Wildlife Monitoring

Monitoring is carried out to assess the effects of pest control on the native wildlife species we want to protect. Annual kiwi listening is carried out at night to assess kiwi populations and bird counts are carried out during daytime to assess other bird species. The Trust commenced monitoring of invertebrates during 2008. Volunteers are wanted to help with all aspects of monitoring.


Kiwi Monitoring

North Island Brown KiwiKiwi call monitoring is carried out annually by volunteers and Department of Conservation staff sitting out at established listening points scattered throughout the Trustís management area in Puketi Forest. Listening is undertaken in May and June, when kiwi calling is at its peak. Calls are recorded during the first two hours of darkness on at least two nights, preferably fine calm nights without a moon. By recording the time, direction, estimated distance and sex of each call, the number of kiwi calling within the area can be measured. Although not all birds call, a useful index of the kiwi population is obtained.

Juvenile kiwi donít start calling until they are 3 or more years old, so the effects of predator control on breeding success are not immediately obvious.

Monitoring was first carried out in 2000, with further listening in 2004, and 2006 to 2009. Because of their distance, it is necessary to camp out at the more remote sites, and the Trust is grateful to members of Far North Search and Rescue for monitoring these two sites.

A summary of the numbers of kiwi heard calling from 2000 to 2009 is shown in the table below. There was a decline in call numbers from 2000 to 2004, which might reflect the effect of predation before the start of pest control. From 2004 to 2006 the number of female kiwi calling increased by about 70% and males calling increased by 24%. Numbers remained similar in 2007 and 2008, and there is a suggestion of further increase in 2009. The results are hopeful, but must be interpreted cautiously because several uncontrolled variables affect call rates.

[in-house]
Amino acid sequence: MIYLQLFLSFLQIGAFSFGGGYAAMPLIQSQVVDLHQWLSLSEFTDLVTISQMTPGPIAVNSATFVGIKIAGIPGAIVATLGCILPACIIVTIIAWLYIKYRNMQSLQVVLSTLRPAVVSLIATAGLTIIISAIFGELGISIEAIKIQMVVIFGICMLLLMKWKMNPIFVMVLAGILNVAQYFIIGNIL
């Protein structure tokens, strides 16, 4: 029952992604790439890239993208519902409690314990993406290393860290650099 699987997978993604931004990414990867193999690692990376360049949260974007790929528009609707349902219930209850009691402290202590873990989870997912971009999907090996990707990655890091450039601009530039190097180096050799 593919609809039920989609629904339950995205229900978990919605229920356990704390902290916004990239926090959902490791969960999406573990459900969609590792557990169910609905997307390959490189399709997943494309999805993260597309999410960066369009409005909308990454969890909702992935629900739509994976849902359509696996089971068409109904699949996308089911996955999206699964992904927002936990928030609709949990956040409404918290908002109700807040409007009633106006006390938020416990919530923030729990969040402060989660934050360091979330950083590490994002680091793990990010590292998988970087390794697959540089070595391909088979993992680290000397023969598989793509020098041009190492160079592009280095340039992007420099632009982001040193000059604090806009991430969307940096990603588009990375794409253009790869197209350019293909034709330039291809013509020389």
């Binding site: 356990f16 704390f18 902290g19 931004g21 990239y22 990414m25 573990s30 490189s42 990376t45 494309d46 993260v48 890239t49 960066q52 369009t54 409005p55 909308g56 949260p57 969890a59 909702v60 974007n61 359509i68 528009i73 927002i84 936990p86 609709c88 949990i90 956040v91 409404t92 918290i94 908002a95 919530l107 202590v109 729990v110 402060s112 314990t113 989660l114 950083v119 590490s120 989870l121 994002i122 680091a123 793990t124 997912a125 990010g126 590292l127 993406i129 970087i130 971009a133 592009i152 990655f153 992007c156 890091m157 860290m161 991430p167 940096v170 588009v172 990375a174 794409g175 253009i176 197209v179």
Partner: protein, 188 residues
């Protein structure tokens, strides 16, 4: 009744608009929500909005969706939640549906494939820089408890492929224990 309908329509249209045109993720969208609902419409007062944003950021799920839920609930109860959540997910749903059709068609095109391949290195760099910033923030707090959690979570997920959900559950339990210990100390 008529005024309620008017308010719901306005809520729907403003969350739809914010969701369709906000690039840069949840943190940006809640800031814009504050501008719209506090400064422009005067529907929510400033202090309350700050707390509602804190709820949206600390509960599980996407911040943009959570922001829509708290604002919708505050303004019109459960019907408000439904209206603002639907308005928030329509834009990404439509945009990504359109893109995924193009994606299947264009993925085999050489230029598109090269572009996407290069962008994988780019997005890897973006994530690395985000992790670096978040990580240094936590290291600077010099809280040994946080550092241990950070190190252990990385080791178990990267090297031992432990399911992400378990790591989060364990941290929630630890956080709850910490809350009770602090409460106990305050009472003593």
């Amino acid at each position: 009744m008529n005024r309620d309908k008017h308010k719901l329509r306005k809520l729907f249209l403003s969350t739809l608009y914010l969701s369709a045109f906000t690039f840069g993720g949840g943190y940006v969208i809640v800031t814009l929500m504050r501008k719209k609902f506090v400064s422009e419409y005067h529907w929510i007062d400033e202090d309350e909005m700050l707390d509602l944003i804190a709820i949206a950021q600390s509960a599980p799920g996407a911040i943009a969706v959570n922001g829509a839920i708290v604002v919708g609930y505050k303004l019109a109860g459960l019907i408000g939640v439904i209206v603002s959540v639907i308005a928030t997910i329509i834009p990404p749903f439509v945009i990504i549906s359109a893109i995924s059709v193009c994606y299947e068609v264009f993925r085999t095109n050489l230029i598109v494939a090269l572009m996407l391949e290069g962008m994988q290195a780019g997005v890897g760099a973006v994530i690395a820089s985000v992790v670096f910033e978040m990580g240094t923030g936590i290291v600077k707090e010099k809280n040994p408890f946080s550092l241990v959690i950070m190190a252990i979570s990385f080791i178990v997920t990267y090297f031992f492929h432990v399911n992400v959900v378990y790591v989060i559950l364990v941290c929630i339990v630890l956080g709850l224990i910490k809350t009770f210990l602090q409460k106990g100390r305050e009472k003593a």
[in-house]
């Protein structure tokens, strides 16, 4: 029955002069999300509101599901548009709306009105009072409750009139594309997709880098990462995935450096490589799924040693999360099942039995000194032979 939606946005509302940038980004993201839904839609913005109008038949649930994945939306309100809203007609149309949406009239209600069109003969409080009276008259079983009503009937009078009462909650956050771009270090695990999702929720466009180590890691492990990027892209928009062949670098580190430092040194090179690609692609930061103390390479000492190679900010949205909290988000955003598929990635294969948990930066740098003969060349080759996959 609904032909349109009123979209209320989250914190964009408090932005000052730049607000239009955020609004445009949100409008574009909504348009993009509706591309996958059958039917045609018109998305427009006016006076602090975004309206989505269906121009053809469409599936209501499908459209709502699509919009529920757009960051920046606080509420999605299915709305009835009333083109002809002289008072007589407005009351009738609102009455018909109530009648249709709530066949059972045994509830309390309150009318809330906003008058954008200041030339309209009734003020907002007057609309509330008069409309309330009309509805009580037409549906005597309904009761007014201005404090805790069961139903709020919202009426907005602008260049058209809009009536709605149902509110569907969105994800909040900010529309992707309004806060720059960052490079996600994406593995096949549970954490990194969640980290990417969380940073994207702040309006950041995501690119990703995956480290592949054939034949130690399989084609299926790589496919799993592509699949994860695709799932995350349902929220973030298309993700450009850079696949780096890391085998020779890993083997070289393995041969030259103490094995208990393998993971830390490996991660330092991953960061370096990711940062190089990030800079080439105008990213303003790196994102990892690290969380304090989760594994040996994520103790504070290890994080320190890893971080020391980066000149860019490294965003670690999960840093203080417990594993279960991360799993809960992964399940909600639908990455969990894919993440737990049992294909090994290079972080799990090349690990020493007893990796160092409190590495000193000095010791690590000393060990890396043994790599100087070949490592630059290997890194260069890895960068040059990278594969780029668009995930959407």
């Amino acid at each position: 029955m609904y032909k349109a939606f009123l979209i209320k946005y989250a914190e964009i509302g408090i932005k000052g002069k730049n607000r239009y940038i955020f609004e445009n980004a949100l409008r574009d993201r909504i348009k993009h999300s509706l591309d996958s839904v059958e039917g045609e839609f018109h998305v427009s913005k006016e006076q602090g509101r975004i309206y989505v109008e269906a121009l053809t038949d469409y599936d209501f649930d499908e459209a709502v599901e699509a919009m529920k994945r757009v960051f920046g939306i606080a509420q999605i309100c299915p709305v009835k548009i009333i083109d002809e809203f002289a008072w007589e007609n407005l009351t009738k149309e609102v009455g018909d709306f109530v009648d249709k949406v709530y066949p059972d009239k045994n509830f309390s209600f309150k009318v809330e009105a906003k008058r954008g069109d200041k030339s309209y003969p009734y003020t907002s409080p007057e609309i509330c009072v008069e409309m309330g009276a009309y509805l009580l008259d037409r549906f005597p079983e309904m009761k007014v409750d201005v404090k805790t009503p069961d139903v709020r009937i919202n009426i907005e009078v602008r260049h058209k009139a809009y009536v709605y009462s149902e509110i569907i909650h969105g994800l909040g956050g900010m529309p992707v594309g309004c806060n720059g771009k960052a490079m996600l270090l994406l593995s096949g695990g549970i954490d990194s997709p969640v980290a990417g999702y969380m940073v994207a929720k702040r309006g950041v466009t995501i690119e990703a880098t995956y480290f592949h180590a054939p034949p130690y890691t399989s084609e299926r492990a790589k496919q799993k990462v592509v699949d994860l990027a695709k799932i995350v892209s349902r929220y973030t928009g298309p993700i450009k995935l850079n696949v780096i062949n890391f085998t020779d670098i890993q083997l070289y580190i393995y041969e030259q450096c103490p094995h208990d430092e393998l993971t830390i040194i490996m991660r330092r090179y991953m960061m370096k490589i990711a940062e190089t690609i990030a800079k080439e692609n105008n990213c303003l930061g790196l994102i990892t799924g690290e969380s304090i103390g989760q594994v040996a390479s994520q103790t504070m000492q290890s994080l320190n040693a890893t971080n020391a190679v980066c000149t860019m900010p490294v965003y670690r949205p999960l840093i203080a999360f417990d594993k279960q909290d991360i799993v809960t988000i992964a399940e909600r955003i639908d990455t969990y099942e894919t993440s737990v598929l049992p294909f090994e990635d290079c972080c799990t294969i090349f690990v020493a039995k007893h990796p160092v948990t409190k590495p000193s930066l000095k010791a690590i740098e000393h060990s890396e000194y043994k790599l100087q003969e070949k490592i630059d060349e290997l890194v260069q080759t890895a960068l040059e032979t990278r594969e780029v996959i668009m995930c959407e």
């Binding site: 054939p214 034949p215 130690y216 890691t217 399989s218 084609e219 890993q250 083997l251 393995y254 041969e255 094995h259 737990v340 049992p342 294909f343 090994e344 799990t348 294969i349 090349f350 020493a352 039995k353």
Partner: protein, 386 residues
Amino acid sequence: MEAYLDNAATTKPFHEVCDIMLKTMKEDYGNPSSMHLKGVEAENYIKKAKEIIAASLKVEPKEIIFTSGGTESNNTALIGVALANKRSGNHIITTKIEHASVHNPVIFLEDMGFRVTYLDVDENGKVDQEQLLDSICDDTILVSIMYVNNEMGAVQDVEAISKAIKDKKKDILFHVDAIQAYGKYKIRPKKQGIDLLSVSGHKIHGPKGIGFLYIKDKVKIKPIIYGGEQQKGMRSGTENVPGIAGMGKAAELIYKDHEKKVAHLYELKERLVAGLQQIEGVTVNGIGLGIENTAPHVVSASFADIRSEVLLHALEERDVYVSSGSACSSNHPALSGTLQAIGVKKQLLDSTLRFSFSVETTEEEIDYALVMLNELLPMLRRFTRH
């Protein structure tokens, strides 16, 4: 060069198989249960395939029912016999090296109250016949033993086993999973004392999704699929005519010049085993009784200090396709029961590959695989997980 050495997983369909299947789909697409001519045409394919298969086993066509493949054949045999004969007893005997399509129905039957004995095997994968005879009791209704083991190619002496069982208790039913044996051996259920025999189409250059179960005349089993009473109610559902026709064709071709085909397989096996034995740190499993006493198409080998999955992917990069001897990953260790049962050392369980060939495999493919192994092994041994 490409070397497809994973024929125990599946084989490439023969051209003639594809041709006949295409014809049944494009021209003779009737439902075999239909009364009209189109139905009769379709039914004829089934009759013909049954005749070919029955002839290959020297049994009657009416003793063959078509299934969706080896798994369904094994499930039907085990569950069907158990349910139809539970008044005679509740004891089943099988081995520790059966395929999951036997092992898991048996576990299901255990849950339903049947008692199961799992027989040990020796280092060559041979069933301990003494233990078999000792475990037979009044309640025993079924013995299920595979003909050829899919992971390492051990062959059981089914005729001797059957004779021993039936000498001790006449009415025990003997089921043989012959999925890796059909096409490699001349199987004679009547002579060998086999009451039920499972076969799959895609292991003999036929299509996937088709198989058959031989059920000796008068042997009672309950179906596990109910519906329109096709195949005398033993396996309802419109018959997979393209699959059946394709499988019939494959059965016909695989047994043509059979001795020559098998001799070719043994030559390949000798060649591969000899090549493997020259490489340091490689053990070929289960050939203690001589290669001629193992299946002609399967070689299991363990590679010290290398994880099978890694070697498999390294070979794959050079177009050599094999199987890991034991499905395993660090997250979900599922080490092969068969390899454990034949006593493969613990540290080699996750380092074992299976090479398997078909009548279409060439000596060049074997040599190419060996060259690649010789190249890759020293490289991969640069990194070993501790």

Kiwi Listening Results 2000 - 2009:

SiteMean calls per hour
200020042006200720082009
Pond - Bramley's Ridge-3.255.251.03.754.75
Totara Ridge-3.755.75-0.757.1
Bramley's Ridge
(near end)
4.752.02.50.50.52.3
Pirau Road (central)1.000-01.0
Takapau/ Pirau Road-0.50.251.00.52.75
Raingauge Pirau Road3.03.752.251.03.54.0
Walnut/ Pirau Road-0.334.252.51.253.7
Pudding Bowl Hill-1.53.00.7502.0
Kokako Track1.250.753.01.52.51.5
Waihoanga/ Takapau junction6.01.752.0-3.755.4
Forest Pools4.50----

SiteTotal birds calling (female)
200020042006200720082009
Pond - Bramley's Ridge-4(1)8(3)4(1)5(1)6(2)
Totara Ridge-7(2)7(3)-2(1)8(4)
Bramley's Ridge
(near end)
7(4)2(1)3(1)2(1)16(2)
Pirau Road (central)2.5(1)00-02(0)
Takapau/ Pirau Road-21115(2)
Raingauge Pirau Road9(2)5(1)44(2)6(1)7(3)
Walnut/ Pirau Road-15(1)8(4)3(1)8(3)
Pudding Bowl Hill-24(1)3(1)06(3)
Kokako Track43(1)3(2)45(2)4(2)
Waihoanga/ Takapau junction10(2)2(1)3(1)-4(1)6(3)
Forest Pools5(1)0----

Bird Counts

New Zealand fantailThe presence of birds active in the forest during daytime is monitored by experienced birdwatcher/ornithologist volunteers during spring and autumn. At the same points in the forest each time, the total number and species of birds seen or heard in 5 minutes are recorded.

The effects of rat removal are shown dramatically in a comparison between April 2005 and April 2006, before and after the first season of rat control. The total number of birds recorded from the eight bird count locations within the core area of rat control increased from 53 in 2005 to 98 in 2006 - an increase of 85%. By contrast, at seven bird count locations outside the rat control area there was an increase of only 8% in bird numbers. This reinforces the devastating impact that rats have on the smaller bird species.


Total Birds Seen and Heard: 16 April 2005 and 20 April 2006:

bird count table


Invertebrate Monitoring

Invertebrate monitoring began in May 2008, with pitfall traps used to compare populations of ground dwelling invertebrates in the areas of pest control.

A pitfall trap is a plastic container, approximately 10 cm diameter by 10 cm deep, set in the ground with its rim flush with the ground surface. A small amount of ethylene glycol is placed in the base of the container and a raised cover is provided to keep rain out. Wandering insects and other small invertebrates that fall into the container are preserved by the ethylene glycol. After one month, the containers are retrieved and the contents sorted, identified and counted.

For this monitoring, two lines of 10 traps at 10 metre spacing were set out, one in the core area receiving control of rats, stoats, possums and cats, and one outside the core area receiving stoat and cat control only. The pitfall traps from the first monitoring period have been retrieved and results will be available when sorting and identification is complete.

This page last updated: 11 August 2009

© 2006-2009 Puketi Forest Trust